This camp also taught the local youth entrepreneurial skills critical to running a business (not necessarily agricultural in nature), smartly dealing with finances, developing leadership skills, and seeing coffee as a gift. It felt good to see the Ugandans in this area really invested in their youth. This camp was all for them, and my job was to film videos documenting what the camp was about and the experiences of the students, staff members, and camp facilitators.

There wasn’t a single angle where the view wasn’t amazing and awe-inspiring. Even wild Arabica coffee plants were growing on the pathways to the pit latrines. In the background of the school I could see mountains towering in the distance with clouds peeking behind their shadows, and even the school campus has gigantic boulders shaping the natural shape of the school campus. As per usual, there was a tea break between every major meal; however, locally roasted and brewed coffee was served in lieu of tea. I can’t even begin to describe the feeling of drinking the rich flavor of the coffee that was served during each coffee break along with seeing the gorgeous view of the surrounding environment.

Wild Coffee Plant

Wild Coffee Plant

I was also able to see the entirety of the coffee value chain from “crop to cup”. We saw how the coffee saplings were planted in nurseries, transferred to coffee farms, had their red coffee berries picked, sorted by grade at one of the many washing stations, fermented, hulled, dried, and then either locally roasted and sold or shipped to high-end coffee shops and distributors. As an economic development PCV, Sarah explained to us some of the challenges of working with the small Bukonzo Joint Cooperative. For example, some of the larger coffee companies do bait-and-switch tactics in order to get coffee farmers to quickly produce low grade coffee for seemingly larger amounts of money than Bukonzo Joint can pay; however, in the end the farmers end up losing out on a sustainable opportunity to make money for themselves in the long run as well as being duped into producing sub-standard coffee for less money than they were promised.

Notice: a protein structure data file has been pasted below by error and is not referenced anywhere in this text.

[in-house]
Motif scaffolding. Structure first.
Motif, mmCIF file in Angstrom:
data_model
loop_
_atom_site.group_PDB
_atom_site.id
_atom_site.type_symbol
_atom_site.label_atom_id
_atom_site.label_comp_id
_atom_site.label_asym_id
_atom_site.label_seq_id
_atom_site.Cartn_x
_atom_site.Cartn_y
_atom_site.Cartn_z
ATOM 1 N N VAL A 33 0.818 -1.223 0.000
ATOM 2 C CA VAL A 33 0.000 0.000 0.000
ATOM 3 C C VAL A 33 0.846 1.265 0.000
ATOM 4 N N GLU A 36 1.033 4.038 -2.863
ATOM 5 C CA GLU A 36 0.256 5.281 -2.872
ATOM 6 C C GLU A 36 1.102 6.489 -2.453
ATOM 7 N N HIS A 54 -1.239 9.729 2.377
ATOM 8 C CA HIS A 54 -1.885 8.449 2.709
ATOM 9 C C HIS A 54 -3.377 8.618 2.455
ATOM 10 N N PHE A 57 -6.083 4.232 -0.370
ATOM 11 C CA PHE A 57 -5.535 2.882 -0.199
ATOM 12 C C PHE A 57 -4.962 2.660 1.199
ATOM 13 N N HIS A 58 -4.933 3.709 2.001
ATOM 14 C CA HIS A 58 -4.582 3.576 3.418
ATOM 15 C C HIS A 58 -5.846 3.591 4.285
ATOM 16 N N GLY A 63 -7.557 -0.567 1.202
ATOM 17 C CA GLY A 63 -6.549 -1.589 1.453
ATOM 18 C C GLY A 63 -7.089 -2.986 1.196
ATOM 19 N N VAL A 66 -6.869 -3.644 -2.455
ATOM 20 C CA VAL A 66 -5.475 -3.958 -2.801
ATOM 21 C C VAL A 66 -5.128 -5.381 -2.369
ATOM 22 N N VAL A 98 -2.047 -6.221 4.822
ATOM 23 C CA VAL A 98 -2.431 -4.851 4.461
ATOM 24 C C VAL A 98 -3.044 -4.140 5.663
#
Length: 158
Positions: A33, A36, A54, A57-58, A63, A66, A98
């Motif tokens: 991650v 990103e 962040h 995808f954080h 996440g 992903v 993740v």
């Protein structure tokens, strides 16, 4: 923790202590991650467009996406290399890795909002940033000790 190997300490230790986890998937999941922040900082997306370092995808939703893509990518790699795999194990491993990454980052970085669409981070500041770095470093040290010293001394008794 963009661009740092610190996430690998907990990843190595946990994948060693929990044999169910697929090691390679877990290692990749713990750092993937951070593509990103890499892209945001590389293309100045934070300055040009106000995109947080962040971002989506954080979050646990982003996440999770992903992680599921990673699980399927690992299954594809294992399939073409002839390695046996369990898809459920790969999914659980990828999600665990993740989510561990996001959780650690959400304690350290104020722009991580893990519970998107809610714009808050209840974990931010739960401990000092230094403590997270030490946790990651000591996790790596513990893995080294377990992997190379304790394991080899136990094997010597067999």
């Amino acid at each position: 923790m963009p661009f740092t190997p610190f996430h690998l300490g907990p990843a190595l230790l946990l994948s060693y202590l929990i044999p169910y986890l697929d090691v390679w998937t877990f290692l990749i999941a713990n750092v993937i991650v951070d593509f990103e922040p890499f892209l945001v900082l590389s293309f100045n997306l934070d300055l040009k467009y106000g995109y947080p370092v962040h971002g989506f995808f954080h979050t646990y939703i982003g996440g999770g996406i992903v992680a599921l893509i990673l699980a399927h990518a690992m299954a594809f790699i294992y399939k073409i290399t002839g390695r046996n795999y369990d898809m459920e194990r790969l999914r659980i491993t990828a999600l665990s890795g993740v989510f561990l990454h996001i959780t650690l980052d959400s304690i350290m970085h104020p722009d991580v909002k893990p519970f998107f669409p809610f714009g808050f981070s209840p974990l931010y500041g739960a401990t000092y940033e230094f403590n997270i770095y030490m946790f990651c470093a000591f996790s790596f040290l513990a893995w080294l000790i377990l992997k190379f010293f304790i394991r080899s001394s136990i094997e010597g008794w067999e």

Coffee Nursery

Coffee Nursery

Sorting Coffee Cherries

Sorting Coffee Cherries

Of course, no Peace Corps camp is complete without sessions concerning HIV/AIDS, financial management, and in this instance, creative ways to use coffee other than for drinking (soaps, candles, exfoliating face masks). Another reason why local Ugandans ran this camp was that most of the youth only spoke the local language of Kasese, Lukonzo, and the English that they did know was very limited. This led to very funny misunderstandings such as most of the campers assuming that I actually had HIV/AIDS during a skit where I pretended to be someone who had it.